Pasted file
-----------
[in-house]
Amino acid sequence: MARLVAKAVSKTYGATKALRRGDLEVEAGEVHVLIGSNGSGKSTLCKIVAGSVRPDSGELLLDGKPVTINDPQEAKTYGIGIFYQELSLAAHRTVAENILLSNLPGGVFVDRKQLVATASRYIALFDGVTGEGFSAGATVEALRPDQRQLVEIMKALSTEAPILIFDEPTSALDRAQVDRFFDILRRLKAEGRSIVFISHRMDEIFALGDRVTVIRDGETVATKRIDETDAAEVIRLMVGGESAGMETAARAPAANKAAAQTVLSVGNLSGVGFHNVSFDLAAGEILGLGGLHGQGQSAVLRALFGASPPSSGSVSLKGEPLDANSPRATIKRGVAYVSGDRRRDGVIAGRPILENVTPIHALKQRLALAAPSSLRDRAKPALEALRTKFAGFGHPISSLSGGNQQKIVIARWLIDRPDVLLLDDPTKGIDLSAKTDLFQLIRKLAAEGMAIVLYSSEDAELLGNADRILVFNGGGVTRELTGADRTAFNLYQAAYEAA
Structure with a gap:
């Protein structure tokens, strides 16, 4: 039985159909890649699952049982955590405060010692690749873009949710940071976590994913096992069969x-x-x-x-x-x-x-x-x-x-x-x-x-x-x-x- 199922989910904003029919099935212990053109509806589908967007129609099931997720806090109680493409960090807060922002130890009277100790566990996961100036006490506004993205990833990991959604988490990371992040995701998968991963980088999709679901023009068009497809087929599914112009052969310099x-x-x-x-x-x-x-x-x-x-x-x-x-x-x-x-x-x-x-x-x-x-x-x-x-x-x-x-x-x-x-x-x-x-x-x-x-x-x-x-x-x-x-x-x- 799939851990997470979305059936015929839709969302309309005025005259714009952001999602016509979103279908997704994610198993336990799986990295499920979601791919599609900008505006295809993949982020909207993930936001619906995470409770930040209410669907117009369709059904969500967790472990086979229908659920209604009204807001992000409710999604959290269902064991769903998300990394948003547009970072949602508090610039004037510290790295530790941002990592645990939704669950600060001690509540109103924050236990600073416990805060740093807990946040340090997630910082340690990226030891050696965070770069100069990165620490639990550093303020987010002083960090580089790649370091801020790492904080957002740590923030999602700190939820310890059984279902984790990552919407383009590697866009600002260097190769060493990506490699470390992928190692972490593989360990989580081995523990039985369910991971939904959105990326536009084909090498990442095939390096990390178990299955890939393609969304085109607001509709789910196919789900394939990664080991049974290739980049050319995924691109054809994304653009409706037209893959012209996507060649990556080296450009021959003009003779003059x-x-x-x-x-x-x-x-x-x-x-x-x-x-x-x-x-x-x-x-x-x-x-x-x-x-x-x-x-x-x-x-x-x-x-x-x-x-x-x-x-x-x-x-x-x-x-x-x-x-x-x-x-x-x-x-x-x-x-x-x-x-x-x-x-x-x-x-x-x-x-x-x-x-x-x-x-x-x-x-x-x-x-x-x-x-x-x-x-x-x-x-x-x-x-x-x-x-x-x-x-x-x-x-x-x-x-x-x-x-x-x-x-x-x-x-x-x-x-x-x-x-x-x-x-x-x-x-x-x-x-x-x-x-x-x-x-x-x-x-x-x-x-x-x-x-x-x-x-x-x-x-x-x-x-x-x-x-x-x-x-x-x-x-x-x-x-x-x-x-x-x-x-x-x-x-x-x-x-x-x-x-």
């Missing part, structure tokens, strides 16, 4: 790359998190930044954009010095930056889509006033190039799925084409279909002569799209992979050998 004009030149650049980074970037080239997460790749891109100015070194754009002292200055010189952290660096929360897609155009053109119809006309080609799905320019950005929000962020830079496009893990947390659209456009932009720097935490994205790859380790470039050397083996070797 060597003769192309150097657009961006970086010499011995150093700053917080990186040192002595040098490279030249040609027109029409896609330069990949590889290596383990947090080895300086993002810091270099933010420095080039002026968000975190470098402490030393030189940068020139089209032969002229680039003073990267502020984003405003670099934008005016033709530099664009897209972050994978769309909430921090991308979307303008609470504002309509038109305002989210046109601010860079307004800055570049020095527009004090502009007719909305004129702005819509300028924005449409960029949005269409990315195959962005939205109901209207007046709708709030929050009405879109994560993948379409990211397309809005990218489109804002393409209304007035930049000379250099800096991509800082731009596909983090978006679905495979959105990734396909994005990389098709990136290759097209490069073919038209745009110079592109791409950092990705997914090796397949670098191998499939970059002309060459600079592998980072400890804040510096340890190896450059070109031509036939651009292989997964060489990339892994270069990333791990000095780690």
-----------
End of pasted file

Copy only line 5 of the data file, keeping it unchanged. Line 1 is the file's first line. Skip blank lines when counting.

């Missing part, structure tokens, strides 16, 4: 790359998190930044954009010095930056889509006033190039799925084409279909002569799209992979050998 004009030149650049980074970037080239997460790749891109100015070194754009002292200055010189952290660096929360897609155009053109119809006309080609799905320019950005929000962020830079496009893990947390659209456009932009720097935490994205790859380790470039050397083996070797 060597003769192309150097657009961006970086010499011995150093700053917080990186040192002595040098490279030249040609027109029409896609330069990949590889290596383990947090080895300086993002810091270099933010420095080039002026968000975190470098402490030393030189940068020139089209032969002229680039003073990267502020984003405003670099934008005016033709530099664009897209972050994978769309909430921090991308979307303008609470504002309509038109305002989210046109601010860079307004800055570049020095527009004090502009007719909305004129702005819509300028924005449409960029949005269409990315195959962005939205109901209207007046709708709030929050009405879109994560993948379409990211397309809005990218489109804002393409209304007035930049000379250099800096991509800082731009596909983090978006679905495979959105990734396909994005990389098709990136290759097209490069073919038209745009110079592109791409950092990705997914090796397949670098191998499939970059002309060459600079592998980072400890804040510096340890190896450059070109031509036939651009292989997964060489990339892994270069990333791990000095780690």